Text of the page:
``It definitely was a gut check for us at halftime,'' Rodgers said ``The thing you can say about our guys, there was no panic. ... When we had to have it there in the fourth quarter, we were able to put something together. That said a lot about the kind of guys we've got and the leadership we have.''

NOTES: Green Bay has won a franchise-high 10 straight against NFC North opponents. ... Burnett's two interceptions matched his single-game career high. He also had two last year against the Bears. ... With 1 1/2 sacks Sunday, Jared Allen now has 14 of Rodgers. ... Peterson's 21 carries gives him 1,640 for his career, topping the previous Vikings record of 1,627.

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Max Scherzer, Sean Doolittle provide powerful voices during baseball’s search for answers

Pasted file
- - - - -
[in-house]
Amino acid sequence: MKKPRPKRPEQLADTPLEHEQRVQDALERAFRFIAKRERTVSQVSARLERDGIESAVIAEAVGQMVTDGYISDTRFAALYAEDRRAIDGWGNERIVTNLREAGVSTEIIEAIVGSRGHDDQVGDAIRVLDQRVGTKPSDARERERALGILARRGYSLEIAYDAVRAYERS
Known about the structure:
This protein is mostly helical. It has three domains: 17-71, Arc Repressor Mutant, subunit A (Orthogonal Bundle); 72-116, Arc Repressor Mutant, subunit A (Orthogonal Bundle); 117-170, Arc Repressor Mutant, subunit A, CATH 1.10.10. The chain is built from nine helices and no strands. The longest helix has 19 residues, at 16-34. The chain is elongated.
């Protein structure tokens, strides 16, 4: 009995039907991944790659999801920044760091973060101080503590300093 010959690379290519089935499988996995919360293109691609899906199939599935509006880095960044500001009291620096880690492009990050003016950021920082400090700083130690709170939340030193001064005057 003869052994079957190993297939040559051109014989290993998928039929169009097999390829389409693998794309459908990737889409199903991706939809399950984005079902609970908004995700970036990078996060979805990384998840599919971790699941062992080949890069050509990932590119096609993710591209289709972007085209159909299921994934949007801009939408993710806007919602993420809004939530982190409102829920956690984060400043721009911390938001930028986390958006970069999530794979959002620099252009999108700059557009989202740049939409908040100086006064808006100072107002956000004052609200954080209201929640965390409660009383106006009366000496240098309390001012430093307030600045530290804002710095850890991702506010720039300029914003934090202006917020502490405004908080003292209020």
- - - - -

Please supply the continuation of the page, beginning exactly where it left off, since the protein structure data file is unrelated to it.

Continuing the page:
Max Scherzer, Sean Doolittle provide powerful voices during baseball’s search for answers

Sean Doolittle was willing to talk about it. The topic was union business. He’s focused, detailed and informed when any player-related financial topic is put in front of him. Being prepared is his process in general. Before Doolittle dispatches a thread of tweets, he reads multiple background sources, formulates his thoughts, looks for spaces that may lack clarity when dispatched in public.

On this particular topic, back in spring training when everything was more hopeful, he deferred. He asked if Max Scherzer had talked about the subject broached by a reporter. Told Scherzer had not, Doolittle said he would prefer to wait until Scherzer spoke. They had discussed the idea prior. So, they were working in tandem.

The pair has operated individually when addressing their personal performance or as team spokespeople when discussing the state of the Nationals. In this new setting, when a negotiating battle is underway between the union and league, and a pandemic has hurtled the sport into unprecedented territory, the two have become one of the most prominent duos in the league.